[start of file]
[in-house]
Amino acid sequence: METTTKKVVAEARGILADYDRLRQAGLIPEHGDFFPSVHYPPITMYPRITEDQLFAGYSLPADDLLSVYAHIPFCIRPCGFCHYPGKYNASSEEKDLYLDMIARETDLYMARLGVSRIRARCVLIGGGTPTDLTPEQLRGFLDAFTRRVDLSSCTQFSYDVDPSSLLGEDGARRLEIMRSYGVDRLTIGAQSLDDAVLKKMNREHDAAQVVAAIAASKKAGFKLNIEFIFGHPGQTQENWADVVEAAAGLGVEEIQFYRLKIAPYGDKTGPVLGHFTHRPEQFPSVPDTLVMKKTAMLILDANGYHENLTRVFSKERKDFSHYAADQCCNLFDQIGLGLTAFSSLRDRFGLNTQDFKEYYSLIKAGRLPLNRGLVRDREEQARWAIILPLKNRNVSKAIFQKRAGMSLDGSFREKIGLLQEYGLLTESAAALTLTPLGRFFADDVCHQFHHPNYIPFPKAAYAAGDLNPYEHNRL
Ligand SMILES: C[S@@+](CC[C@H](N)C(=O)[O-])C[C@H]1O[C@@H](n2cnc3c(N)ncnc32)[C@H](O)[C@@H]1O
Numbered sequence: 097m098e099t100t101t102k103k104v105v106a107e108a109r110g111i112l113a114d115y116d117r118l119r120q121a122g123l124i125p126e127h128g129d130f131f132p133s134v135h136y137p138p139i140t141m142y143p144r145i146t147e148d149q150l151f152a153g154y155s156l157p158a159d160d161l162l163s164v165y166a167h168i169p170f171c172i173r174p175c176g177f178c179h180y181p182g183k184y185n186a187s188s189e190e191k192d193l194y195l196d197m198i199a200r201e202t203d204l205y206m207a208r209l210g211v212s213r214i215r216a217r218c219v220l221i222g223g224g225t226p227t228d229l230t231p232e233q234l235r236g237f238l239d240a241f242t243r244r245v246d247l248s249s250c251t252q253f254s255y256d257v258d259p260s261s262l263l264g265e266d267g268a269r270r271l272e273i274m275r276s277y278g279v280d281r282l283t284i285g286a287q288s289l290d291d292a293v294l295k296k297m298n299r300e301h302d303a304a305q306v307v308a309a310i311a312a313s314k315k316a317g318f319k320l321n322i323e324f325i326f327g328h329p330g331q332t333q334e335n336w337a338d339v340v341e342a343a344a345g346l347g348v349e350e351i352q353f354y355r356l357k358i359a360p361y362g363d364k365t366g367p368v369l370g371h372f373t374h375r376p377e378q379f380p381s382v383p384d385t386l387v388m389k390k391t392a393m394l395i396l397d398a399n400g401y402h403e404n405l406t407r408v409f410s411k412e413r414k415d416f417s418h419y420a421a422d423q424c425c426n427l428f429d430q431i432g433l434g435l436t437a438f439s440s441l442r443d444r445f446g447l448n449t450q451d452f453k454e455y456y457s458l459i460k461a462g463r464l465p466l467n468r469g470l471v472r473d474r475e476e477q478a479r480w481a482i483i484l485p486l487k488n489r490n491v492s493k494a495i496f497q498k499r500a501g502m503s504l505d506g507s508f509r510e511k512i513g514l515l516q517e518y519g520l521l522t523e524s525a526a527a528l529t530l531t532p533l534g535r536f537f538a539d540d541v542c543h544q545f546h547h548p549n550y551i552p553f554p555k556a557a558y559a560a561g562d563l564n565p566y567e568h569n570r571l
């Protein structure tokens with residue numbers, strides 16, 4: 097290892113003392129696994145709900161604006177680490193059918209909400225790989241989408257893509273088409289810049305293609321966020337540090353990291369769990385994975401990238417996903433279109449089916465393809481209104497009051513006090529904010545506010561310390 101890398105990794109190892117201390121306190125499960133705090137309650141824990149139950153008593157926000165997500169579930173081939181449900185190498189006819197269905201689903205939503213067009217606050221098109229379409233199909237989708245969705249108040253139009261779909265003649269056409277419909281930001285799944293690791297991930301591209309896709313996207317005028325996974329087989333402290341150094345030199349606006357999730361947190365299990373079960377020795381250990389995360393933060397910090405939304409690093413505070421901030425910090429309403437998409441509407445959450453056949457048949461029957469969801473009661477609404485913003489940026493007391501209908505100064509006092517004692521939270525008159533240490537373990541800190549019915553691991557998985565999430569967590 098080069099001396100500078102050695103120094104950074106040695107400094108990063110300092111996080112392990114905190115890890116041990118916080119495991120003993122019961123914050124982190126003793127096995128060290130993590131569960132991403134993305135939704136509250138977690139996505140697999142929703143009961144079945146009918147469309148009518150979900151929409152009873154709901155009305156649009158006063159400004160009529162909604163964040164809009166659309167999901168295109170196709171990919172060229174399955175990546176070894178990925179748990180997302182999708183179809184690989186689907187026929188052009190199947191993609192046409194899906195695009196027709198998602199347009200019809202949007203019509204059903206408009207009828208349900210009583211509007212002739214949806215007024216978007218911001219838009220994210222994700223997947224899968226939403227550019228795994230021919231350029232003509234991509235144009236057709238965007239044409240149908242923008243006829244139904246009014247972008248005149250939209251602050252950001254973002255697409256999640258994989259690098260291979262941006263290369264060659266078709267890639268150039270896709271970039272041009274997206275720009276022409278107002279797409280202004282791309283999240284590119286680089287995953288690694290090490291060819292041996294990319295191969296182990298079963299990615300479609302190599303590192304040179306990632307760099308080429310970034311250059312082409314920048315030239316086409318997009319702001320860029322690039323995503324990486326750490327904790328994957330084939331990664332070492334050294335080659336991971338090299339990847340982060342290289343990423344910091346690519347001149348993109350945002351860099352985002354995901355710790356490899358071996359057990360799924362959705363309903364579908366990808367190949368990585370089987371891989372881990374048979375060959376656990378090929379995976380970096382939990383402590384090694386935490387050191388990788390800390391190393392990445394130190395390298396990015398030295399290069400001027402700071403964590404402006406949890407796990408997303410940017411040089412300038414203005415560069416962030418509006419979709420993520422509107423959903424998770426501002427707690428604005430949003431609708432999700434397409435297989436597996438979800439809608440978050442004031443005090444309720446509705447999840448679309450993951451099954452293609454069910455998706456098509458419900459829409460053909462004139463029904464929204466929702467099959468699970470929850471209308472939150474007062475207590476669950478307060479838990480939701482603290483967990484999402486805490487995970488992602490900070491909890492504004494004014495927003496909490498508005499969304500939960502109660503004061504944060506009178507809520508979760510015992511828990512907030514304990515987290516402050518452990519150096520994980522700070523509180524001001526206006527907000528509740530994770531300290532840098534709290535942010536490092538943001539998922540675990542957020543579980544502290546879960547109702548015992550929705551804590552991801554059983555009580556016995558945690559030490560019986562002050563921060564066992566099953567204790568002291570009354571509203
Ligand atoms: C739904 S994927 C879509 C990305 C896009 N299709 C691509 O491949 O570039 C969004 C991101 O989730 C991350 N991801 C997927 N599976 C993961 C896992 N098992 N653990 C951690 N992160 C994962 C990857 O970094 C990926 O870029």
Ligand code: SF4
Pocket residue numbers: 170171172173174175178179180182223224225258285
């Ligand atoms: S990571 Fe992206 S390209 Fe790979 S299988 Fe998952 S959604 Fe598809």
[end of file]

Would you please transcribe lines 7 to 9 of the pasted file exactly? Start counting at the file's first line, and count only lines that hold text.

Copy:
Ligand code: SF4
Pocket residue numbers: 170171172173174175178179180182223224225258285
């Ligand atoms: S990571 Fe992206 S390209 Fe790979 S299988 Fe998952 S959604 Fe598809």